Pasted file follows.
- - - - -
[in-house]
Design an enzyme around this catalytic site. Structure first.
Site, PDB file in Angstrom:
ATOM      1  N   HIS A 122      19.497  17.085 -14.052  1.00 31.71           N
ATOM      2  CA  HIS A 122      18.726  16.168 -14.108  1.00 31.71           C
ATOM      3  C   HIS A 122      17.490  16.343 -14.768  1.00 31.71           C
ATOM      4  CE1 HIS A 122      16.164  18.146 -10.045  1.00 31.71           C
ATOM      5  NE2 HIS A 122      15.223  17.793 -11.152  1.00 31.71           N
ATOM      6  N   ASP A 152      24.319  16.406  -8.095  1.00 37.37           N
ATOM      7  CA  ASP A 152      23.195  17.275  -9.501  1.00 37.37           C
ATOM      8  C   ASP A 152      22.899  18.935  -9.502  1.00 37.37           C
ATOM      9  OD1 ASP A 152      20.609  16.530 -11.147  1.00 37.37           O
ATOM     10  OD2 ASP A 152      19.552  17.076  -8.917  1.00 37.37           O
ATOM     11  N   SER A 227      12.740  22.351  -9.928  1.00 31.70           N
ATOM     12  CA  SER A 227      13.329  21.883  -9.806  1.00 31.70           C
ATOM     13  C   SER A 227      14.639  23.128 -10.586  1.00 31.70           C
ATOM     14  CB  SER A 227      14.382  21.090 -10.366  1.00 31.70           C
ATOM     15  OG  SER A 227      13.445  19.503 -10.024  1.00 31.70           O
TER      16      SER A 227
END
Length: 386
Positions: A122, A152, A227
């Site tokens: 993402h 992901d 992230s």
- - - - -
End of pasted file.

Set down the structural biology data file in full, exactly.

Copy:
[in-house]
Design an enzyme around this catalytic site. Structure first.
Site, PDB file in Angstrom:
ATOM      1  N   HIS A 122      19.497  17.085 -14.052  1.00 31.71           N
ATOM      2  CA  HIS A 122      18.726  16.168 -14.108  1.00 31.71           C
ATOM      3  C   HIS A 122      17.490  16.343 -14.768  1.00 31.71           C
ATOM      4  CE1 HIS A 122      16.164  18.146 -10.045  1.00 31.71           C
ATOM      5  NE2 HIS A 122      15.223  17.793 -11.152  1.00 31.71           N
ATOM      6  N   ASP A 152      24.319  16.406  -8.095  1.00 37.37           N
ATOM      7  CA  ASP A 152      23.195  17.275  -9.501  1.00 37.37           C
ATOM      8  C   ASP A 152      22.899  18.935  -9.502  1.00 37.37           C
ATOM      9  OD1 ASP A 152      20.609  16.530 -11.147  1.00 37.37           O
ATOM     10  OD2 ASP A 152      19.552  17.076  -8.917  1.00 37.37           O
ATOM     11  N   SER A 227      12.740  22.351  -9.928  1.00 31.70           N
ATOM     12  CA  SER A 227      13.329  21.883  -9.806  1.00 31.70           C
ATOM     13  C   SER A 227      14.639  23.128 -10.586  1.00 31.70           C
ATOM     14  CB  SER A 227      14.382  21.090 -10.366  1.00 31.70           C
ATOM     15  OG  SER A 227      13.445  19.503 -10.024  1.00 31.70           O
TER      16      SER A 227
END
Length: 386
Positions: A122, A152, A227
């Site tokens: 993402h 992901d 992230s």